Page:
Happy families are all alike, but every generation is prudish in its own way. Since about the mid-’eighties—the term was first used in the New York Times in 1986, quoting a divinity student who used it as if it were readily familiar—my generation has been “politically correct,” which is our own way of being prudish. “Political correctness is a politicised version of good manners,” the philosopher Kenneth Minogue says in an interview, “offering power to the kind of meddlesome people who want to tell others how to behave” (h/t: Maverick Philosopher).
I wonder, though, if the more exact word is not etiquette. By themselves forbidden words are not immoral, after all, since there is no meaning (hence no offense against morality) without context. When my four-year-old son starts talking loudly in public about his “weiner,” I tell him not to use that word. “I have a penis,” he shouts. “You can’t use that word either,” I say—“not in public.” “What is ‘public’?” he asks. And I realize, with a sinking feeling, that I must instruct him in social appropriateness, not words.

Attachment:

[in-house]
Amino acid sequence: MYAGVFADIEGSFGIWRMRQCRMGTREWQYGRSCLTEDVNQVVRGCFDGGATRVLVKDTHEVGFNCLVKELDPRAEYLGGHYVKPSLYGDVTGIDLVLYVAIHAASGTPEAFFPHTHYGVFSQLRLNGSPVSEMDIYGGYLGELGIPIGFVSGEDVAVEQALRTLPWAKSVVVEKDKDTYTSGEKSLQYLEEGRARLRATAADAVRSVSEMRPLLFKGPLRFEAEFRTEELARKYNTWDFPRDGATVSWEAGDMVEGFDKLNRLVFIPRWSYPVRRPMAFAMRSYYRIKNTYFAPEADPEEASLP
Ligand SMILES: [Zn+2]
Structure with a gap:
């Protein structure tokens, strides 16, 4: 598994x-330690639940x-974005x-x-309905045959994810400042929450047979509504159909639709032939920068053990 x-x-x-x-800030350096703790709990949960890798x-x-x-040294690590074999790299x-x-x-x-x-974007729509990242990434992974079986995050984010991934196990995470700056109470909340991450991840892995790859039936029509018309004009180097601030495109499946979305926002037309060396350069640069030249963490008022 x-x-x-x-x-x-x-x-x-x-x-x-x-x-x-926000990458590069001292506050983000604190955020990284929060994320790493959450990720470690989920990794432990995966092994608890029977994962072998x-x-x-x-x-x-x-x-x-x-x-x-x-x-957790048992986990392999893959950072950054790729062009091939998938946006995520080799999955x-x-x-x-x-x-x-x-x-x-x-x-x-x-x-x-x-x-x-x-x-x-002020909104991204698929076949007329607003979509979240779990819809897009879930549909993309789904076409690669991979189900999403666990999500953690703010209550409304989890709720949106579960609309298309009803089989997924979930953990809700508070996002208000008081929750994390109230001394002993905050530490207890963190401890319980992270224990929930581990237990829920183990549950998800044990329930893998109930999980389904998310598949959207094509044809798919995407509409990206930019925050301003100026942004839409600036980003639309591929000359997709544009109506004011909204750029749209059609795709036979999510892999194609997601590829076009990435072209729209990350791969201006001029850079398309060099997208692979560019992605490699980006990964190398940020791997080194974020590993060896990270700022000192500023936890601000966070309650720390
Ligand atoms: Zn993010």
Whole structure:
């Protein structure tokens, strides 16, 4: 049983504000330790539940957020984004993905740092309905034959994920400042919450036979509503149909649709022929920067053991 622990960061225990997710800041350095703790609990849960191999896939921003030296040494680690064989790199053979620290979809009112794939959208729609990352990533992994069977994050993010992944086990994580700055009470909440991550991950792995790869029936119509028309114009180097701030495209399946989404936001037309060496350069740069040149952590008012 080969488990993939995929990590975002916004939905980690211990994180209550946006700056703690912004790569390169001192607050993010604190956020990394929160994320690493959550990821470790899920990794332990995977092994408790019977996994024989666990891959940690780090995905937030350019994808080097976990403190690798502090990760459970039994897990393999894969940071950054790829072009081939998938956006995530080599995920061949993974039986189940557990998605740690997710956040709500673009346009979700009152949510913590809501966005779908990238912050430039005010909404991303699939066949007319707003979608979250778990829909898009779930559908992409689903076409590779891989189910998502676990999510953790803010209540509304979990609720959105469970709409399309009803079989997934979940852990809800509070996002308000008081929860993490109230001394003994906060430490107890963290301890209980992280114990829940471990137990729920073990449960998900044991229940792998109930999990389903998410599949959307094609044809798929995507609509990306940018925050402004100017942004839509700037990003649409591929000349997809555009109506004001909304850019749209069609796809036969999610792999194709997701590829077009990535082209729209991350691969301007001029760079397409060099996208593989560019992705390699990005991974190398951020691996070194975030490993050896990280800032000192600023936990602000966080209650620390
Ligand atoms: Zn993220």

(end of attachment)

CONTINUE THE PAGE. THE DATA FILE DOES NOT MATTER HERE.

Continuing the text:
Etiquette is the formal code of socially acceptable behavior, including verbal behavior. In an introduction to the second edition of Emily Post’s Etiquette (1922), Richard Duffy explains the word’s origin:
The older critic who is worried that a text is “really not acceptable” and sets out to Gribbenize it—or, for that matter, the younger critic who dismisses Shakespeare as a WASP, achieving the rare feat of combining historical ignorance with historical error—are doing something other than literary criticism. They are seeking entry into what Emily Post calls the Best Society, which is (in her words) an “association of gentlefolk, of which good form in speech, charm of manner, knowledge of the social amenities, and instinctive consideration for the feelings of others, are the credentials by which society the world over recognizes its chosen members.”
I prefer the fellowship of less gentle folk, who are not particularly afraid of hurting others’ feelings if it means saying things exactly as they must be said.